PARIS– A director of commercials who rose to the top rank of commercially bankable directors, Englishman Ridley Scott attended art school and started out as a set designer, which is not a bad way to approach a visual medium (just ask former art director Joel Schumacher).
Scott, who was recently knighted, understands the motion in motion pictures.
Whether it’s two Napoleon-era soldiers intent on skewering each other (his 1977 debut, “The Duelists”), the palpable ooze of post-postindustrial L.A. (“Blade Runner,” 1982), or helicopters (“Black Hawk Down, 2001”), the 65-year-old excels at knowing what to show and when.
“Alien” (1979) — the directors’ cut of which will be screened in Deauville along with the aforementioned films — gave us Sigourney Weaver as a survivor worth rooting for, while suggesting that (provided they’re cool enough and tall enough) women might someday burst through the glass ceiling — even if in space, nobody can hear it breaking.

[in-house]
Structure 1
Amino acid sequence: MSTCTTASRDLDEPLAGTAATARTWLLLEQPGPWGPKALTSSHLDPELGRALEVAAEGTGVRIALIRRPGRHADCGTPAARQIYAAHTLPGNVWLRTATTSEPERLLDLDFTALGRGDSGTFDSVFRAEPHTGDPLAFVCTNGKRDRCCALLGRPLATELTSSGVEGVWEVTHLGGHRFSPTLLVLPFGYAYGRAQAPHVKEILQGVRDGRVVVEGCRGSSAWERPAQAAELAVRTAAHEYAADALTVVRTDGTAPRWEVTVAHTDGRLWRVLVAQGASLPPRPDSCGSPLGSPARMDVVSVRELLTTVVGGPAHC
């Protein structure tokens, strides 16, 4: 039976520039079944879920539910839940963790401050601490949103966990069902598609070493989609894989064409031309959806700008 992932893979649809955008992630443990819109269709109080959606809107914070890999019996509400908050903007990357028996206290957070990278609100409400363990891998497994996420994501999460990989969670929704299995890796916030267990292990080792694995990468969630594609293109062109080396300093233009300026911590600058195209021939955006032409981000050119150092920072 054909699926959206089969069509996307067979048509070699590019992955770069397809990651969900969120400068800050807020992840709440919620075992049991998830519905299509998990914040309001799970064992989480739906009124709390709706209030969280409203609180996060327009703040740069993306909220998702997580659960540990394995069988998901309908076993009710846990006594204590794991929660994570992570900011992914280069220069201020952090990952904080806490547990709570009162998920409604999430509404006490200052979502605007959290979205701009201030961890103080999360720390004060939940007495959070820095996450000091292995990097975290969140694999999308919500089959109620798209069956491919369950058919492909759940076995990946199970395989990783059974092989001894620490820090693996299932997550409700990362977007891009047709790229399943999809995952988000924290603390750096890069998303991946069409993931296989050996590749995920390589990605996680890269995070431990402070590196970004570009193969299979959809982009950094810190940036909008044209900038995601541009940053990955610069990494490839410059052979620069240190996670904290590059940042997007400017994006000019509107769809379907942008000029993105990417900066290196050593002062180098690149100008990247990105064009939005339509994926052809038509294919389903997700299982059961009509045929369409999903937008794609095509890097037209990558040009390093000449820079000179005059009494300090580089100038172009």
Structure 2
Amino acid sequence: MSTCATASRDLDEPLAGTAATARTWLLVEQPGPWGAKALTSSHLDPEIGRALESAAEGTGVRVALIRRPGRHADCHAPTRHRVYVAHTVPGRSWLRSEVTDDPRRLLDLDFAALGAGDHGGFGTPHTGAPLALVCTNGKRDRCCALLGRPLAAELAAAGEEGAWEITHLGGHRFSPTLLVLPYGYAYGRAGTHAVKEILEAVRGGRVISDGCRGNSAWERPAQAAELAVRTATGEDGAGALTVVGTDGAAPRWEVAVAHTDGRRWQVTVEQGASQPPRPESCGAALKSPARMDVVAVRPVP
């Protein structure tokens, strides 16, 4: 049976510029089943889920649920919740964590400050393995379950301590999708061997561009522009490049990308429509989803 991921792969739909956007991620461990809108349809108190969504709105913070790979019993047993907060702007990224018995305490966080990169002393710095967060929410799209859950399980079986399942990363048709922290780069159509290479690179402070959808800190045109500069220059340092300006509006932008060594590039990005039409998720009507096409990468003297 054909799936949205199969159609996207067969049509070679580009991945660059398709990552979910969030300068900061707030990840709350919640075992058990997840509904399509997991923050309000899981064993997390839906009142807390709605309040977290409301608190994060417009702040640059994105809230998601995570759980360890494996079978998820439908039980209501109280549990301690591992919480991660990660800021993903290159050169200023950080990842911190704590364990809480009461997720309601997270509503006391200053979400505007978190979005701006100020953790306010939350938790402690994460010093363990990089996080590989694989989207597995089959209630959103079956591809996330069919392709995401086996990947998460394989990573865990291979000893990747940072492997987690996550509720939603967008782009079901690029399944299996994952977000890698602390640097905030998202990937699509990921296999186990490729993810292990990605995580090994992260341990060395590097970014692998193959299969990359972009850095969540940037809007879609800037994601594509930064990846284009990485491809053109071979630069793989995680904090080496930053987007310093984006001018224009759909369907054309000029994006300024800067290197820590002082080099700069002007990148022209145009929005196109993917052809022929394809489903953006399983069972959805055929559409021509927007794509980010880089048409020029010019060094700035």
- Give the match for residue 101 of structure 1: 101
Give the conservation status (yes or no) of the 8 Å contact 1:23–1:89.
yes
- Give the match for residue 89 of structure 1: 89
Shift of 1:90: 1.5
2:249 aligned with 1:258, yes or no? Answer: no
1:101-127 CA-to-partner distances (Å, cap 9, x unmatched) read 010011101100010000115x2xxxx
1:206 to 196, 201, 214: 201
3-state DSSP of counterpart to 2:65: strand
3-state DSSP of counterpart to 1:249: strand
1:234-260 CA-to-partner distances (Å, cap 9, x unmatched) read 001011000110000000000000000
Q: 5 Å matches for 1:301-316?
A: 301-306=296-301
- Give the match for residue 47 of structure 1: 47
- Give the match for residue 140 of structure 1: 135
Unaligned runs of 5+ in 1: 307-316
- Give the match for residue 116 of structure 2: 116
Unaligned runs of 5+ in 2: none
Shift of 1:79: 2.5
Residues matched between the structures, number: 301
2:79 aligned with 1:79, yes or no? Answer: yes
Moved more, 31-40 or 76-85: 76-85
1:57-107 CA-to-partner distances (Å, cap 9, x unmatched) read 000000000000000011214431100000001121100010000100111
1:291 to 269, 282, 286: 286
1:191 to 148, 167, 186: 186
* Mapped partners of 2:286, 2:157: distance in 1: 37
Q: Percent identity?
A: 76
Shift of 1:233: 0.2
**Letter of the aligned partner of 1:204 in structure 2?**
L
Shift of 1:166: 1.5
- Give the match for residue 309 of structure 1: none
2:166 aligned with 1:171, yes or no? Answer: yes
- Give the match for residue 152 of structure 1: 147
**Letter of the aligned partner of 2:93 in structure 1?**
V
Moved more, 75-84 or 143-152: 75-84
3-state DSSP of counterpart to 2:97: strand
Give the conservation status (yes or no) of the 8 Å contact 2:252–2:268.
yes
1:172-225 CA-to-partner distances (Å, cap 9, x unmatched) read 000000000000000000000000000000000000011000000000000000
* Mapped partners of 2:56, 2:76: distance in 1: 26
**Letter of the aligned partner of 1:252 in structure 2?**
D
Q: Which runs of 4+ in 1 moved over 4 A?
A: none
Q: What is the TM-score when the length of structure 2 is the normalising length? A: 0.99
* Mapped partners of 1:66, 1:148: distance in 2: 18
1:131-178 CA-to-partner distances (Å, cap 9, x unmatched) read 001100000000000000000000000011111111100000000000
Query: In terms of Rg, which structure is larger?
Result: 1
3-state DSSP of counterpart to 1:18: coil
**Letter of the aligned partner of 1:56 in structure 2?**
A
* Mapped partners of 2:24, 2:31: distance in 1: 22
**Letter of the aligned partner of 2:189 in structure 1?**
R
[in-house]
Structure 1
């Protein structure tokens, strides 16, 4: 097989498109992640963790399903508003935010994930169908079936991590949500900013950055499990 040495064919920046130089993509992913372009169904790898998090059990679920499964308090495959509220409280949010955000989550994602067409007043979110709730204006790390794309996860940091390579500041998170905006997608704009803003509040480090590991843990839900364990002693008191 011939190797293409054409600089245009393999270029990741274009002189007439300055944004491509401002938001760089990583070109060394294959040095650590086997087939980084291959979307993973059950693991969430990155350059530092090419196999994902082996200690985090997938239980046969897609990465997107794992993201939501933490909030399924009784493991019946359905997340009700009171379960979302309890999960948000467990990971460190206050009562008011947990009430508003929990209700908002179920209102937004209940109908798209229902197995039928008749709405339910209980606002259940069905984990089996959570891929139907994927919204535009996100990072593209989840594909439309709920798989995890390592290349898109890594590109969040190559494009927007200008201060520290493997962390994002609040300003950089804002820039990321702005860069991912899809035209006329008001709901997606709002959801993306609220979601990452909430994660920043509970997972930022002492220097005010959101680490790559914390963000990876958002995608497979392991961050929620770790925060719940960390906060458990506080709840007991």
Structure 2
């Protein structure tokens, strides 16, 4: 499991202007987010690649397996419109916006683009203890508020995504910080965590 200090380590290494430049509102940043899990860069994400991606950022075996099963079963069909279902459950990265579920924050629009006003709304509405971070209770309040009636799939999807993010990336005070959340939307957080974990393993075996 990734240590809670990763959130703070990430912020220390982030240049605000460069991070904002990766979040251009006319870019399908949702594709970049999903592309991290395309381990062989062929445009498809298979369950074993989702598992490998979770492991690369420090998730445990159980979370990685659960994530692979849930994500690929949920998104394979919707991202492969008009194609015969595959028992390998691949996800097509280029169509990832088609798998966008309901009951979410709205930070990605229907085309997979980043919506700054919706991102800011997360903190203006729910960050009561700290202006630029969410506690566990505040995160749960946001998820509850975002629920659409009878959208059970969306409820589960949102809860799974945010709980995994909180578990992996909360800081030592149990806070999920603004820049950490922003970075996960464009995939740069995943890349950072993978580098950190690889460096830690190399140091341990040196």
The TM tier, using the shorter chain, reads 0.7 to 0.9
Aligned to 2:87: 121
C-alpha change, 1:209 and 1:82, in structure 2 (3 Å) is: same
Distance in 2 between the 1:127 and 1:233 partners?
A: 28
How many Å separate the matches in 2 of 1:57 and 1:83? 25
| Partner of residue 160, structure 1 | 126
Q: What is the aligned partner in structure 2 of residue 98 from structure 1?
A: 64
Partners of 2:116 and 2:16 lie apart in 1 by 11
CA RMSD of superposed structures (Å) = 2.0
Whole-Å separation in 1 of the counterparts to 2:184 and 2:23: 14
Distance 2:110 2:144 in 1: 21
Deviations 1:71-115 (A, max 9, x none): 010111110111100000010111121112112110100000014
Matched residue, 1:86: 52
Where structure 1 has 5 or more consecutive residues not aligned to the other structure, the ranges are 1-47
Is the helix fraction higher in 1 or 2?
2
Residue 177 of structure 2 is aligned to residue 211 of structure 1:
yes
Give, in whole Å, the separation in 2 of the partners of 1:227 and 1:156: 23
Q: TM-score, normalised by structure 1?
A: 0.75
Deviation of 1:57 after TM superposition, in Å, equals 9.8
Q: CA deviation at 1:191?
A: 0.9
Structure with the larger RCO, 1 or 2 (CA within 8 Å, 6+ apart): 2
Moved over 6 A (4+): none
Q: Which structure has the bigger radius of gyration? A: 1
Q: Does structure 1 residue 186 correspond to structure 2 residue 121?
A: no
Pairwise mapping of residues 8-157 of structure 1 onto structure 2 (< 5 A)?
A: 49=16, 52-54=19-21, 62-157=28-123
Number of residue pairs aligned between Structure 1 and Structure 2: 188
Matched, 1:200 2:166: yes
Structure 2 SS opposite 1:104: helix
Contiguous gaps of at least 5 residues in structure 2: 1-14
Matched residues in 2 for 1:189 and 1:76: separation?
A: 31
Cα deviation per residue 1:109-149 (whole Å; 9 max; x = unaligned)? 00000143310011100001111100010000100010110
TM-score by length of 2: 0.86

Any viewer who — thrown by a sword-wielding Tom Cruise in “Legend” (1985), or the distaff peculiarity of “G.I. Jane” (1997) — assumes Scott would be out of his depth depicting aching loss hasn’t seen the storm sequence in “White Squall” (1996).
Scott’s latest, “Matchstick Men” will be shown the night he receives the conveniently named Deauville Flame.